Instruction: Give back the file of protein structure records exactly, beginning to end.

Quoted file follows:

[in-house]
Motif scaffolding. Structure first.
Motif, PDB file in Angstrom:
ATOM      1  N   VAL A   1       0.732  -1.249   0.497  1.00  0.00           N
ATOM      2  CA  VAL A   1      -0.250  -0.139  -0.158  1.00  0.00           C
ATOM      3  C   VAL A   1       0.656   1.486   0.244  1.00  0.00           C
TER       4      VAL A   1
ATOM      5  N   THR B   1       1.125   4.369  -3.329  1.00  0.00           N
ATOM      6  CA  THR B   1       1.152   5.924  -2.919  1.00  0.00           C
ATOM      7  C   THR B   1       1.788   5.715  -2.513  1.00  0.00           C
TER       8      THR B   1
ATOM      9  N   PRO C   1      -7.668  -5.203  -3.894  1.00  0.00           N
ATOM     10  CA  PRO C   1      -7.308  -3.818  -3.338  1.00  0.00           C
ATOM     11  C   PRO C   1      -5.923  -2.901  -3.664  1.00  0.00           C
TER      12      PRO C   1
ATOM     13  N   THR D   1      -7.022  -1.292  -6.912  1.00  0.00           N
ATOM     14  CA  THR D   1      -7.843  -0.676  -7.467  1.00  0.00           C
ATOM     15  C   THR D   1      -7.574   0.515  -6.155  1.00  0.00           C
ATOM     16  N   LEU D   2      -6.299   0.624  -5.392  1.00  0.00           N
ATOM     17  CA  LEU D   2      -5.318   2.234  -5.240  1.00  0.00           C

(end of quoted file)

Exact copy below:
[in-house]
Motif scaffolding. Structure first.
Motif, PDB file in Angstrom:
ATOM      1  N   VAL A   1       0.732  -1.249   0.497  1.00  0.00           N
ATOM      2  CA  VAL A   1      -0.250  -0.139  -0.158  1.00  0.00           C
ATOM      3  C   VAL A   1       0.656   1.486   0.244  1.00  0.00           C
TER       4      VAL A   1
ATOM      5  N   THR B   1       1.125   4.369  -3.329  1.00  0.00           N
ATOM      6  CA  THR B   1       1.152   5.924  -2.919  1.00  0.00           C
ATOM      7  C   THR B   1       1.788   5.715  -2.513  1.00  0.00           C
TER       8      THR B   1
ATOM      9  N   PRO C   1      -7.668  -5.203  -3.894  1.00  0.00           N
ATOM     10  CA  PRO C   1      -7.308  -3.818  -3.338  1.00  0.00           C
ATOM     11  C   PRO C   1      -5.923  -2.901  -3.664  1.00  0.00           C
TER      12      PRO C   1
ATOM     13  N   THR D   1      -7.022  -1.292  -6.912  1.00  0.00           N
ATOM     14  CA  THR D   1      -7.843  -0.676  -7.467  1.00  0.00           C
ATOM     15  C   THR D   1      -7.574   0.515  -6.155  1.00  0.00           C
ATOM     16  N   LEU D   2      -6.299   0.624  -5.392  1.00  0.00           N
ATOM     17  CA  LEU D   2      -5.318   2.234  -5.240  1.00  0.00           C